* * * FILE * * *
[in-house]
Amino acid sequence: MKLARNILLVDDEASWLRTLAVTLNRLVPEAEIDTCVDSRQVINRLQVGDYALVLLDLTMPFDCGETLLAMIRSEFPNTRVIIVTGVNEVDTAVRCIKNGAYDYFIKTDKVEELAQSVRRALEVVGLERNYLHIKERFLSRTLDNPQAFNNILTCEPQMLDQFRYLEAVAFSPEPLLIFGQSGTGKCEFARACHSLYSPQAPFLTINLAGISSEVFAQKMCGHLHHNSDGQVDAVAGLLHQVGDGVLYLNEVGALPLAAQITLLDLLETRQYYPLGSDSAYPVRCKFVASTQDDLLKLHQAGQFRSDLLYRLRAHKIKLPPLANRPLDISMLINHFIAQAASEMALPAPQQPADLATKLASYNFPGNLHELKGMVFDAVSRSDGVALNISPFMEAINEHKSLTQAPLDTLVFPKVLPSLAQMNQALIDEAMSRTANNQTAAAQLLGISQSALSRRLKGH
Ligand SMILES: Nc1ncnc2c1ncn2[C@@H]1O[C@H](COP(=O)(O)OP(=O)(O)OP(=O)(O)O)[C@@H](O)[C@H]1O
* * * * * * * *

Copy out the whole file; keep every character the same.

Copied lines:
[in-house]
Amino acid sequence: MKLARNILLVDDEASWLRTLAVTLNRLVPEAEIDTCVDSRQVINRLQVGDYALVLLDLTMPFDCGETLLAMIRSEFPNTRVIIVTGVNEVDTAVRCIKNGAYDYFIKTDKVEELAQSVRRALEVVGLERNYLHIKERFLSRTLDNPQAFNNILTCEPQMLDQFRYLEAVAFSPEPLLIFGQSGTGKCEFARACHSLYSPQAPFLTINLAGISSEVFAQKMCGHLHHNSDGQVDAVAGLLHQVGDGVLYLNEVGALPLAAQITLLDLLETRQYYPLGSDSAYPVRCKFVASTQDDLLKLHQAGQFRSDLLYRLRAHKIKLPPLANRPLDISMLINHFIAQAASEMALPAPQQPADLATKLASYNFPGNLHELKGMVFDAVSRSDGVALNISPFMEAINEHKSLTQAPLDTLVFPKVLPSLAQMNQALIDEAMSRTANNQTAAAQLLGISQSALSRRLKGH
Ligand SMILES: Nc1ncnc2c1ncn2[C@@H]1O[C@H](COP(=O)(O)OP(=O)(O)OP(=O)(O)O)[C@@H](O)[C@H]1O